The 2017 World Wildlife Fund report, Appetite for Destruction identified crops grown to feed livestock as the “driving force behind wide-scale biodiversity loss.”

“By 2050, given current trends, 15 ‘mega-diverse’ countries will likely increase the lands used for livestock production by 30% to 50%. The habitat loss is so great that it will cause more extinctions than any other factor.” Our lust for meat is laying waste the habitats of the very wild animals we love the most. Habitats that are theirs by right.

We have to ask ourselves what kind of bleak and desolate wasteland, stripped bare of the most majestic of all Earth’s wondrous creatures, will be our legacy to our children, and their children. Such a stark future will be the price we’re forcing them to pay for our addiction to that meat on our fork.

If there is one thing each of us can do to give these iconic threatened species the best possible chance of survival, it has to be making changes to what we put on our dinner plates. It’s as simple as that.

“You eat a steak, you kill a lemur in Madagascar. You eat a chicken, you kill an Amazonian parrot.” 

*******

You can #EatForThePlanet starting today. Just follow the three simple steps below.

1. Replace: Try to swap animal-based products in your daily diet with vegan alternatives (milk, butter, mayo, cheese, grilled chicken, beef crumbles, sausages, cold cuts, etc. For practically everything you can think of, there is a vegan version.)
2. Embrace: Add plant-based whole foods (local and organic when possible) to your diet like greens, fresh fruits, and vegetables, whole grains, plant proteins like lentils, nuts/seeds, beans, tofu, etc.
3. Moderate: Limit consumption of your favourite meats like beef, lamb, pork, etc.

and Take Extinction Off Your Plate – why we need to rewild our plates today

Free up more land for wildlife – Info @

Forks Over Knives   Vegan Society   Vegan Outreach    PETA    Viva!

It’s soooo easy!

Related posts

Are You Really Helping the Planet Eating Plant-Based? Yes! And This Awesome App Shows You Just How Much

If everyone on Earth ate a Western diet, we would need two Planet Earths to feed us. We’ve only got one and she’s dying

The Living Planet Report: Our Dinner Plates are Destroying Life on Earth

Are Meat & Dairy Really Bad for the Planet?

When Everyone is Telling You Meat is the Bad Guy

Sources

Humanity’s lust for meat is killing off Earth’s large animals

Meat-eaters may speed worldwide species extinction, study warns

Voices for the Voiceless – A Year of Victories for the Animals

Victories won for animals by just a few of the many voices raised for the voiceless in 2018
In the UK,
Animal Aid 

Infographic-1

Since the graphic above was prepared, “more developments have taken place. For example, more than 30 organisations have now taken the decision to cancel live reindeer events. While it has been an excellent year, there is still so much work to be done.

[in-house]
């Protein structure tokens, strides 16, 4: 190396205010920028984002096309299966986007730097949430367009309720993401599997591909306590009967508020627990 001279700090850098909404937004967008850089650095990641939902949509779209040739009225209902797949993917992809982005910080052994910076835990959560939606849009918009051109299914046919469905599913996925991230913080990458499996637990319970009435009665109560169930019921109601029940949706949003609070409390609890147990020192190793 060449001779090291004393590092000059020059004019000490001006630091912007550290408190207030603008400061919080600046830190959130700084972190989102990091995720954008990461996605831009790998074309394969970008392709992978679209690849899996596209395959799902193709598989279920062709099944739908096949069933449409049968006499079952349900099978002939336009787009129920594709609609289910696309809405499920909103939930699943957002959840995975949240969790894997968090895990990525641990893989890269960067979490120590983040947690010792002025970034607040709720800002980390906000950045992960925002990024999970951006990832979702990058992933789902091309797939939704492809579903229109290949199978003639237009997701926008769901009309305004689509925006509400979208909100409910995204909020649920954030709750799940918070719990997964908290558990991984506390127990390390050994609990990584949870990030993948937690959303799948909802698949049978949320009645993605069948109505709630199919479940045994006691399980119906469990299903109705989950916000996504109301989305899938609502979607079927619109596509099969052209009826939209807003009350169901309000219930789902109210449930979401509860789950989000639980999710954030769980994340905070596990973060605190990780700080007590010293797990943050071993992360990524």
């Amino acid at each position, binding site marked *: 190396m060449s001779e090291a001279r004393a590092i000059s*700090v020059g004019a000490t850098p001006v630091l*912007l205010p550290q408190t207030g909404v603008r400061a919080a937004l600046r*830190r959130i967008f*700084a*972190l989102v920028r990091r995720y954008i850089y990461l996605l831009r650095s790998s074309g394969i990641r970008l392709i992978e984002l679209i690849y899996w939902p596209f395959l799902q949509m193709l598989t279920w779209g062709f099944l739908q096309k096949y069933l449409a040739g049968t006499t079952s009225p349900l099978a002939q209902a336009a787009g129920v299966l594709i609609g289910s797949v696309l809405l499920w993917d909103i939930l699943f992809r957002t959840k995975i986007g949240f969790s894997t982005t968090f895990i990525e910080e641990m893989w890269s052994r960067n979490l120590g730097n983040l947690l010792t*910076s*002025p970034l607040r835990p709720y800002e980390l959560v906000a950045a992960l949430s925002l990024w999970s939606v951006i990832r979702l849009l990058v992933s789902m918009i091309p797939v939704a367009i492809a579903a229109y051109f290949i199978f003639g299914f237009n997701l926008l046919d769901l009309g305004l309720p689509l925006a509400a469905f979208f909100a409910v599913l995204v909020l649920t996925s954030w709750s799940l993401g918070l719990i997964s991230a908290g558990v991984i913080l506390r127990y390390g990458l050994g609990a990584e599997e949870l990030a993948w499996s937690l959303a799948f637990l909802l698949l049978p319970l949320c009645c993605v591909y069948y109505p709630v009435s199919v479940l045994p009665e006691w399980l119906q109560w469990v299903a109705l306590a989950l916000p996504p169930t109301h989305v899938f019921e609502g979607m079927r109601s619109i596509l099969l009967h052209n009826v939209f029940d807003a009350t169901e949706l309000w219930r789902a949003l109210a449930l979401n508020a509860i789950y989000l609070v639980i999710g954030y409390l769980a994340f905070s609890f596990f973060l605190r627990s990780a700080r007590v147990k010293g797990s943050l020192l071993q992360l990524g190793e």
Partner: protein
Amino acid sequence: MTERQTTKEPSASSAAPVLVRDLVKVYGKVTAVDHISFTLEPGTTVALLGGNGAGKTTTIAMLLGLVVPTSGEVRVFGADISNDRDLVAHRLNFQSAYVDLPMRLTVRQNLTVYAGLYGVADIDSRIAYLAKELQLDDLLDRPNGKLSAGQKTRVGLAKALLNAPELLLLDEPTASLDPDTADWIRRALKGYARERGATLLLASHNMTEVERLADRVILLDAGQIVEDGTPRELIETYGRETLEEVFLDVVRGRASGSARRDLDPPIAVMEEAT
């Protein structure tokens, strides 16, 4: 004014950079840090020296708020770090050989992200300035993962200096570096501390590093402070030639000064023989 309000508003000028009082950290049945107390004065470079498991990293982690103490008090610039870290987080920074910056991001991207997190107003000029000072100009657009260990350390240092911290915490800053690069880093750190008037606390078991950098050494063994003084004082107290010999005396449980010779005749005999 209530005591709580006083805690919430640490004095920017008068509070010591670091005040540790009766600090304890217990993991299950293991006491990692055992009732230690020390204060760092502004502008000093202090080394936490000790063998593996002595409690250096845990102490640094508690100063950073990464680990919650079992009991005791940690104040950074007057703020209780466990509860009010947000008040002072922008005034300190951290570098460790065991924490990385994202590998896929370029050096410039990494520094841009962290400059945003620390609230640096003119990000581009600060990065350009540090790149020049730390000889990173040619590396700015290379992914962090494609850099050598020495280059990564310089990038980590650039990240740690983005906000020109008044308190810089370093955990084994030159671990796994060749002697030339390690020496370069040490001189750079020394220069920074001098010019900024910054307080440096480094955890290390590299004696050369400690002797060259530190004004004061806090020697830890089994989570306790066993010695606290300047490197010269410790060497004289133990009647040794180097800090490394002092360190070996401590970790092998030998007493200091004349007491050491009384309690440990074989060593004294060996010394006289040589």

“With your help, we can achieve even more for animals in 2019. Why not get involved straight away by visiting our Take Action page?”

PETA UK 2018 highlights
The International Fund for Animal Welfare’s Awards for inspiring animal advocates
This year’s full list of winners:
  • Christine (Chris) and George Rockingham, from Norfolk, for a lifetime’s dedication to rescuing and rehabilitating animals at their PACT sanctuary for nearly 25 years.
  • Michel Birkenwald, from London, for drilling more than 100 ‘hedgehog highways’ in South West London to help hedgehogs navigate to new areas to forage.
  • Ralph the Golden Retriever, from Hertfordshire, for changing the life of his companion Paul who was left paralysed after a car crash six years ago.
  • Debbie Bailey, from Derbyshire, for her work to protect badgers from culling through vaccinations.
  • Michelle Clark, from London, for starting her voluntary run, not-for-profit organisation Dogs on the Streets (DOTS) that cares for and helps homeless people and their dogs.
  • Nigel and Sara Hicks, from Cornwall, for their dedication to treating injured and orphaned orangutans in Borneo for six months every year, for nearly 10 years.
  • Chloe Hennegan, from the West Midlands, for running her rabbit rescue and rehabilitation centre Fat Fluffs since 2008.
  • Trisha Shaw, from Warwickshire, for her many years volunteering and raising thousands of pounds for her local dog charity Pawprints.
  • Natalia Doran, from London, for setting up Urban Squirrels, a licensed squirrel rescue in her own home.
World Animal Protection 2018 proudest moments

Too much to mention – these are just a few of our proudest moments: 

  • 29 travel companies committed to stop promoting elephant entertainment venues, making a total of 226 
  • 10 bears used for baiting and dancing were given new lives in our partner sanctuary in Pakistan